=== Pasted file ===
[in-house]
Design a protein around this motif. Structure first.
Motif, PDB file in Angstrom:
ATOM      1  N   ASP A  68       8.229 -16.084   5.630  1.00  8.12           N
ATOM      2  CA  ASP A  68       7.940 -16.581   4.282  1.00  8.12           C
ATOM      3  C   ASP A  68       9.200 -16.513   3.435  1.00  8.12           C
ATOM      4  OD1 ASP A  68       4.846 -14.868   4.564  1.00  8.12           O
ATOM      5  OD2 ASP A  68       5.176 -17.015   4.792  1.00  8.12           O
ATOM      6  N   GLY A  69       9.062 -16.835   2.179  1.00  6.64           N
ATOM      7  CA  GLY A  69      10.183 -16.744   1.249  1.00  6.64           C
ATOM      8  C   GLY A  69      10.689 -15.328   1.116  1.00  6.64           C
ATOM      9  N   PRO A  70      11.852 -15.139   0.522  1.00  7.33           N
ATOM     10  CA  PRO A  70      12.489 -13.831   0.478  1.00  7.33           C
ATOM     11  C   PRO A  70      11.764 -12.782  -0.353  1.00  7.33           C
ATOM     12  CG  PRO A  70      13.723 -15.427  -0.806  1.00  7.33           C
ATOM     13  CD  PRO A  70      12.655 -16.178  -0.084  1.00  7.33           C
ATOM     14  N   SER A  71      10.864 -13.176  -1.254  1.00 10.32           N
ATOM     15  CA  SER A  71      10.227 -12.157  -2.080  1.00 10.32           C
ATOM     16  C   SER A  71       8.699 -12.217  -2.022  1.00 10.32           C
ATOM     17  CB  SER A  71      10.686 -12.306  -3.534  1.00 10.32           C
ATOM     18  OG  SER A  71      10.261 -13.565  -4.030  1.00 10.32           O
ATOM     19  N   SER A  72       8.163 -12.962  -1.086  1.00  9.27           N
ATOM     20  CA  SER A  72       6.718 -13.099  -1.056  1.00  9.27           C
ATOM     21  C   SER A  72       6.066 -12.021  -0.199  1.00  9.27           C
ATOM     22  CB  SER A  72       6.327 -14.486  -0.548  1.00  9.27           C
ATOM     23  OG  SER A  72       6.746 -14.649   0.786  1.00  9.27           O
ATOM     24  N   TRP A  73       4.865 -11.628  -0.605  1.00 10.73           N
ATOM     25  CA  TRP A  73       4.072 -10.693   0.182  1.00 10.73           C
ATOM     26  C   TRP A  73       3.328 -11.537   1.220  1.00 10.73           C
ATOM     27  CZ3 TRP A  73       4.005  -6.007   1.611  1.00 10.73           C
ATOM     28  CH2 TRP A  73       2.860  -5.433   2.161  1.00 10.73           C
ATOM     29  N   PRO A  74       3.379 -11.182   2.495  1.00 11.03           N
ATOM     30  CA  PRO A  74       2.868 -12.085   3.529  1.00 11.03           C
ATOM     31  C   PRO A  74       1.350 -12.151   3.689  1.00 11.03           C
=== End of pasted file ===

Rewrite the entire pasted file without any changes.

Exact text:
[in-house]
Design a protein around this motif. Structure first.
Motif, PDB file in Angstrom:
ATOM      1  N   ASP A  68       8.229 -16.084   5.630  1.00  8.12           N
ATOM      2  CA  ASP A  68       7.940 -16.581   4.282  1.00  8.12           C
ATOM      3  C   ASP A  68       9.200 -16.513   3.435  1.00  8.12           C
ATOM      4  OD1 ASP A  68       4.846 -14.868   4.564  1.00  8.12           O
ATOM      5  OD2 ASP A  68       5.176 -17.015   4.792  1.00  8.12           O
ATOM      6  N   GLY A  69       9.062 -16.835   2.179  1.00  6.64           N
ATOM      7  CA  GLY A  69      10.183 -16.744   1.249  1.00  6.64           C
ATOM      8  C   GLY A  69      10.689 -15.328   1.116  1.00  6.64           C
ATOM      9  N   PRO A  70      11.852 -15.139   0.522  1.00  7.33           N
ATOM     10  CA  PRO A  70      12.489 -13.831   0.478  1.00  7.33           C
ATOM     11  C   PRO A  70      11.764 -12.782  -0.353  1.00  7.33           C
ATOM     12  CG  PRO A  70      13.723 -15.427  -0.806  1.00  7.33           C
ATOM     13  CD  PRO A  70      12.655 -16.178  -0.084  1.00  7.33           C
ATOM     14  N   SER A  71      10.864 -13.176  -1.254  1.00 10.32           N
ATOM     15  CA  SER A  71      10.227 -12.157  -2.080  1.00 10.32           C
ATOM     16  C   SER A  71       8.699 -12.217  -2.022  1.00 10.32           C
ATOM     17  CB  SER A  71      10.686 -12.306  -3.534  1.00 10.32           C
ATOM     18  OG  SER A  71      10.261 -13.565  -4.030  1.00 10.32           O
ATOM     19  N   SER A  72       8.163 -12.962  -1.086  1.00  9.27           N
ATOM     20  CA  SER A  72       6.718 -13.099  -1.056  1.00  9.27           C
ATOM     21  C   SER A  72       6.066 -12.021  -0.199  1.00  9.27           C
ATOM     22  CB  SER A  72       6.327 -14.486  -0.548  1.00  9.27           C
ATOM     23  OG  SER A  72       6.746 -14.649   0.786  1.00  9.27           O
ATOM     24  N   TRP A  73       4.865 -11.628  -0.605  1.00 10.73           N
ATOM     25  CA  TRP A  73       4.072 -10.693   0.182  1.00 10.73           C
ATOM     26  C   TRP A  73       3.328 -11.537   1.220  1.00 10.73           C
ATOM     27  CZ3 TRP A  73       4.005  -6.007   1.611  1.00 10.73           C
ATOM     28  CH2 TRP A  73       2.860  -5.433   2.161  1.00 10.73           C
ATOM     29  N   PRO A  74       3.379 -11.182   2.495  1.00 11.03           N
ATOM     30  CA  PRO A  74       2.868 -12.085   3.529  1.00 11.03           C
ATOM     31  C   PRO A  74       1.350 -12.151   3.689  1.00 11.03           C